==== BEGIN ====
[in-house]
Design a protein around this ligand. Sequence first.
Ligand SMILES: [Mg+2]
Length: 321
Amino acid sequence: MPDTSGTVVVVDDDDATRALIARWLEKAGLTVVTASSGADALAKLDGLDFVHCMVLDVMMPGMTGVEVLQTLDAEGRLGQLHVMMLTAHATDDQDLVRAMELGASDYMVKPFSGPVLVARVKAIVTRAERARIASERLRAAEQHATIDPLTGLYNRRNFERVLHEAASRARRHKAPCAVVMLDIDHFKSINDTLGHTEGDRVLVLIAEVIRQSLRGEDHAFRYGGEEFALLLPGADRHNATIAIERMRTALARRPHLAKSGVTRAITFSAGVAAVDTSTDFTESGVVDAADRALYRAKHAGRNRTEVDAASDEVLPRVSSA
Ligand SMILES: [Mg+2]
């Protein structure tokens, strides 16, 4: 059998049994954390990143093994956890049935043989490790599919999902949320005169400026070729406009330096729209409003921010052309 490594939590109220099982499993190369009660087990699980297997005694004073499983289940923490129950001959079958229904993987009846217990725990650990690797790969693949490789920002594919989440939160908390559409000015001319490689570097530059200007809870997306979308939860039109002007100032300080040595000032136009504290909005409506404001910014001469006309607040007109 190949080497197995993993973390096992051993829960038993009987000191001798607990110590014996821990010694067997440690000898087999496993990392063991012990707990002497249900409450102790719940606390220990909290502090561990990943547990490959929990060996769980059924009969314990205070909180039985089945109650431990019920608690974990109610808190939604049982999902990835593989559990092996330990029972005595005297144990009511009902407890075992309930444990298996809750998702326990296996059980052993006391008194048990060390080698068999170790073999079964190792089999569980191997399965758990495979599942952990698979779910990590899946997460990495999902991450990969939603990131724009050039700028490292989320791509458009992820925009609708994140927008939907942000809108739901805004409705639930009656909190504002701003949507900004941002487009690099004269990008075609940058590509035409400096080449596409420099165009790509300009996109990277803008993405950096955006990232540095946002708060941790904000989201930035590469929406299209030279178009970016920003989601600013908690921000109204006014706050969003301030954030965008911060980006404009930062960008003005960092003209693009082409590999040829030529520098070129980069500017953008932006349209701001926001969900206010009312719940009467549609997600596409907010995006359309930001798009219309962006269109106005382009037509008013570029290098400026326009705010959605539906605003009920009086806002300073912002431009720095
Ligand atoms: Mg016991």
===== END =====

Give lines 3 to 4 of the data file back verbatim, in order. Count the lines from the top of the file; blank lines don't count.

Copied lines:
Ligand SMILES: [Mg+2]
Length: 321